Thursday, March 17, 2016

Six Sentence Story: Contract

I'm pausing momentarily from the vacation report to join in the Six Sentence Story hop.  This week's prompt:  Contract.  

We were downsizing—not the typical thing to do with 5 young children, but be that as it may—to a small little town, whose claim to fame was the enormous fiberglass egg on a pole near the train tracks.  The realtor said she needed another signature on the paperwork, so I drove down to meet her.  The addendum read, “All contingencies have been met and this deal is ready to close.”  Had the statement been true, I might not have refused, but as it wasn’t, I stubbornly kept my signature to myself until weeks later, when all contingencies actually were met.   About a year later, I got a phone call from the embarrassed realtor, who was calling to explain that our home purchase was her first sale, and to apologize for trying to get me to sign that addendum.   


Always read contracts carefully, and only sign if you are comfortable with the terms.

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Thanks for courage to refuse when necessary. 

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19 comments:

  1. Well done! I need to improve on reading contracts and other legal documents. I need to obtain a copy BEFORE the actual signature was required so I can carefully read the terms.

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    1. Having a copy ahead of time is a good idea. Contracts can be so long!

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  2. You are wise to do so. And, on a lighter note - I made a key lime pie this week. It wasn't really key lime, just regular lime, but very tasty. I have to go in search of key limes at a specialty store this time of year.

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    1. Yum! I'd be happy to add your pie to the review page. ;-)

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  3. When we sold our house in LA, the realtor was fairly new and had to call her husband to help her with the contracts. This did not instill us with confidence!

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    1. We've had young, inexperienced realtors, and seasoned, knowledgeable realtors, and the latter is much easier to work with! :-) (Of course, the seasoned ones were once new, too.)

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  4. very true (about reading the contract), every single word is there for a reason. legal language is kinda like high school Latin, seems odd but every thing is necessary… in a properly prepared and well written contract, that is.
    Like Norm says, 'always read and understand…'
    that's also where the white hair in the business comes from, making sure nothing is misunderstood or otherwise goes off track. kik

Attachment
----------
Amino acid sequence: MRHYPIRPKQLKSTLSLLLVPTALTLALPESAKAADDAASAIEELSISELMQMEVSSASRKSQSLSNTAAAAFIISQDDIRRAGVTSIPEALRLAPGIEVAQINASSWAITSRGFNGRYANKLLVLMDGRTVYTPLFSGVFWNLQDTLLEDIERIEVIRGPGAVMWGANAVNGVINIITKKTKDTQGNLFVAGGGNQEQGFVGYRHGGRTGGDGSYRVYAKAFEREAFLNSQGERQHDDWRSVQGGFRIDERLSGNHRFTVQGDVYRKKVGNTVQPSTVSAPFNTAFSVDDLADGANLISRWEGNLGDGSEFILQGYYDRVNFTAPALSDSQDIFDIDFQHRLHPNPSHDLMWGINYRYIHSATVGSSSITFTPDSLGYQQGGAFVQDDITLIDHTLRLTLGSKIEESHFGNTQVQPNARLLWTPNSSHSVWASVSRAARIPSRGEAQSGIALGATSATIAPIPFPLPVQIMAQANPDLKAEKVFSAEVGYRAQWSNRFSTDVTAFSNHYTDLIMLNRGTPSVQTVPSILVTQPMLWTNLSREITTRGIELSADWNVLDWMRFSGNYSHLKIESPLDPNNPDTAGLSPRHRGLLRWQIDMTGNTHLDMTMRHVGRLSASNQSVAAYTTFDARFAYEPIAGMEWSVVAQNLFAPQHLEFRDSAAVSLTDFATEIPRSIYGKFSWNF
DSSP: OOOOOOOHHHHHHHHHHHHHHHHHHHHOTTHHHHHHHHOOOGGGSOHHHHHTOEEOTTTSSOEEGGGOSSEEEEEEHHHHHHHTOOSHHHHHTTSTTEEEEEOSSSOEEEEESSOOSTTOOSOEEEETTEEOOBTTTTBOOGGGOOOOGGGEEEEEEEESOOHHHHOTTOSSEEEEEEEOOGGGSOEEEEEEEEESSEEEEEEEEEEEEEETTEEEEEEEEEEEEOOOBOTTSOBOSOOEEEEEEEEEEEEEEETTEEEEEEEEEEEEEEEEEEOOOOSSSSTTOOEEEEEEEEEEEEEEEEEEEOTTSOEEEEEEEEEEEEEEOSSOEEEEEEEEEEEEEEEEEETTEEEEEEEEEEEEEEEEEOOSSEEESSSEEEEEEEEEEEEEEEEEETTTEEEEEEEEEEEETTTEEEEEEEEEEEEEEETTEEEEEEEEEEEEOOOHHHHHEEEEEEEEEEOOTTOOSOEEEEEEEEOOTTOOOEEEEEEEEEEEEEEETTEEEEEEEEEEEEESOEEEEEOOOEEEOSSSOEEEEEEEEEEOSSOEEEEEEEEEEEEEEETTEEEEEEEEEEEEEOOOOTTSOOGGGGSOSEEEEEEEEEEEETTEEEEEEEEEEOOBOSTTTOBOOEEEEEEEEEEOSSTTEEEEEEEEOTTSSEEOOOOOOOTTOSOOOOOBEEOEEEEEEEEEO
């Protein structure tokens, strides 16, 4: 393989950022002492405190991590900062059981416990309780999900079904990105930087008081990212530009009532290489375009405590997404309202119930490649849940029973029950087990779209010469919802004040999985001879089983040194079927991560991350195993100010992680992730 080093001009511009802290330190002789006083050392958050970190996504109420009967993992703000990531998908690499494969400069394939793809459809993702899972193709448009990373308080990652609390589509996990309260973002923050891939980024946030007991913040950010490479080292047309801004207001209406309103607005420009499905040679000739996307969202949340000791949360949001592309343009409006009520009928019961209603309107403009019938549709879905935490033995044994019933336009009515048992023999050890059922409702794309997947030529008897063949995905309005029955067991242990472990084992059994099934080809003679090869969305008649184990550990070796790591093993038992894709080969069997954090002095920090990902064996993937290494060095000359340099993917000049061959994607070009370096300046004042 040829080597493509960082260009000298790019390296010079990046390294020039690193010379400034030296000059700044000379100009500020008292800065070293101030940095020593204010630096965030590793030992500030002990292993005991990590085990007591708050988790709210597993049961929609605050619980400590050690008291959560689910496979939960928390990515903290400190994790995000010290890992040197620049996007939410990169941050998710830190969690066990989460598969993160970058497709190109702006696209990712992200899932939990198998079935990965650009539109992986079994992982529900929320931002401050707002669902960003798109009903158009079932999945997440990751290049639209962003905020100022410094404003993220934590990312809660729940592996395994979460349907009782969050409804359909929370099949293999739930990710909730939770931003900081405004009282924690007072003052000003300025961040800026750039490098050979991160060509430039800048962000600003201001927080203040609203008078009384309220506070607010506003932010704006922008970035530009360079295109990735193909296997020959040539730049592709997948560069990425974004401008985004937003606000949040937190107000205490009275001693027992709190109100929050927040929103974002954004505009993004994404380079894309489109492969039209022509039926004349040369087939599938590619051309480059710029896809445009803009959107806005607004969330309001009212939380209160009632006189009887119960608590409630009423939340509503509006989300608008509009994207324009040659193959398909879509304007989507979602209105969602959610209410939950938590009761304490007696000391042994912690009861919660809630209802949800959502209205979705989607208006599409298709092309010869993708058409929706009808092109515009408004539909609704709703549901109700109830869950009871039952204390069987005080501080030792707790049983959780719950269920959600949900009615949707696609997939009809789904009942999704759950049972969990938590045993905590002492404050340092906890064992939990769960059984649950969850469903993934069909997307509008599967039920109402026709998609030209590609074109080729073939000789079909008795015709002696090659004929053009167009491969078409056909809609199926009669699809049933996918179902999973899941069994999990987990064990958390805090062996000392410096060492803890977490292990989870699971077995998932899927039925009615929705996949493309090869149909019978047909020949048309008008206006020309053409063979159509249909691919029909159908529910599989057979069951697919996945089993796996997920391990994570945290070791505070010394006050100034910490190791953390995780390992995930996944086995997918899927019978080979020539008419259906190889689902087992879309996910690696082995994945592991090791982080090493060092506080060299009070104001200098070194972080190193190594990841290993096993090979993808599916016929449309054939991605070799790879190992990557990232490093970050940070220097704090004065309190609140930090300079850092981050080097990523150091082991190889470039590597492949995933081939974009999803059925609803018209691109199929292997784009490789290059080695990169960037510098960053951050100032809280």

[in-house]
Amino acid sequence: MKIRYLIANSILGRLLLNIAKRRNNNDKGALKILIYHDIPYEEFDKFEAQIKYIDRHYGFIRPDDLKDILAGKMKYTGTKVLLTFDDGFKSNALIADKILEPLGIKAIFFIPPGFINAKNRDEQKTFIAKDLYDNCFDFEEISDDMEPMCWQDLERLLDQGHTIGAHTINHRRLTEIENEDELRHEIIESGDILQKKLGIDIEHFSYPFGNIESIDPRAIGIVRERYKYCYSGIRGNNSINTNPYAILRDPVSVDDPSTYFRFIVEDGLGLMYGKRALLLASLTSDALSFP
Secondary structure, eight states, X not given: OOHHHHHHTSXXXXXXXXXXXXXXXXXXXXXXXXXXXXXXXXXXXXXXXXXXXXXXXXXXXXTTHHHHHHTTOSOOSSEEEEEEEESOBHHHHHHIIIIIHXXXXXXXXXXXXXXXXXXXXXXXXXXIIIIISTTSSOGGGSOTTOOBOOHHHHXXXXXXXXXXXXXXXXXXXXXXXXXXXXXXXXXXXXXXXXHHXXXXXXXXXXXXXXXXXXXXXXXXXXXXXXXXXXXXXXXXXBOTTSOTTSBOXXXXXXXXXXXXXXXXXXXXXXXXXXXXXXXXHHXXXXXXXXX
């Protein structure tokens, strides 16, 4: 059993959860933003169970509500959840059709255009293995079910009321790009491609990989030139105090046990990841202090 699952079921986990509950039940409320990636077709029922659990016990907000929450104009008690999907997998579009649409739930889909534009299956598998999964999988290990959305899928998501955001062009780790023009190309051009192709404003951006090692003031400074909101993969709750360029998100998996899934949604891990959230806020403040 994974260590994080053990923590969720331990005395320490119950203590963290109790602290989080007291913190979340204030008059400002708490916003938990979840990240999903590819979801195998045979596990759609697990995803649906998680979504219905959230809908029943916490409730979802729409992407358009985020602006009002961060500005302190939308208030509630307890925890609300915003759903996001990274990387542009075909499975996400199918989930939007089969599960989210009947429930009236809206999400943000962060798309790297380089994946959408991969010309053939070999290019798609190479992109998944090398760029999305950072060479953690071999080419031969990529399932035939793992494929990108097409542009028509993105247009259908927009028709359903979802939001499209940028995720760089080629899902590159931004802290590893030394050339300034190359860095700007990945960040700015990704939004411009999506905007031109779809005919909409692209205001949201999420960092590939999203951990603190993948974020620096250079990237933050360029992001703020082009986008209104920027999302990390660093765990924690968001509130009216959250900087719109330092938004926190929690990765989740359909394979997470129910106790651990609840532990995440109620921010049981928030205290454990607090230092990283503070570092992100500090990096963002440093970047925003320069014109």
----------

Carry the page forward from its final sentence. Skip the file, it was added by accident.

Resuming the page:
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    1. I imagine it would be rather nerve-wracking, especially as a new realtor, to make sure that everything was done correctly.

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  5. Often people sign contracts quite trustingly assuming that someone else has done the homework. What great advice from a true story.

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    1. There's just too much on the line to sign without careful review.

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  6. Wow good for you. And serious credit to her for calling you back & apologizing

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    1. She was a very nice person, and definitely deserves kudos for her apology. (And though she might have thought we were difficult clients at the time, the transaction did go through smoothly.)

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  7. Very wise advise. I always read the contracts too. If you had signed they would not have been obligated to complete those contingencies. Thanks for sharing this wisdom with others.

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    1. If I remember correctly, funding was one of those contingencies, so we were certainly not signing until that was guaranteed!

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  8. It's tempting to skip the tedious legalese of contracts, but so important not to.
    Did someone say key lime pie? Zilla and I LOVE that!

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  9. Good for you! I watch people agree to contracts on a daily basis that they haven't read thoroughly and have no real understanding of, and so often that ends in disappointment if not more serious consequences. Our signature is a promise, we are committing ourselves and our word, so it is important to know exactly what we are agreeing to, and that we are willing to abide by those terms. I am proud of you for saying "not yet"!

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    1. Thanks. It is annoying sometimes to read through all the legalese, but it is important.

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  10. You are very wise! Another great story.

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Thanks for making this a conversation. I love to hear your comments!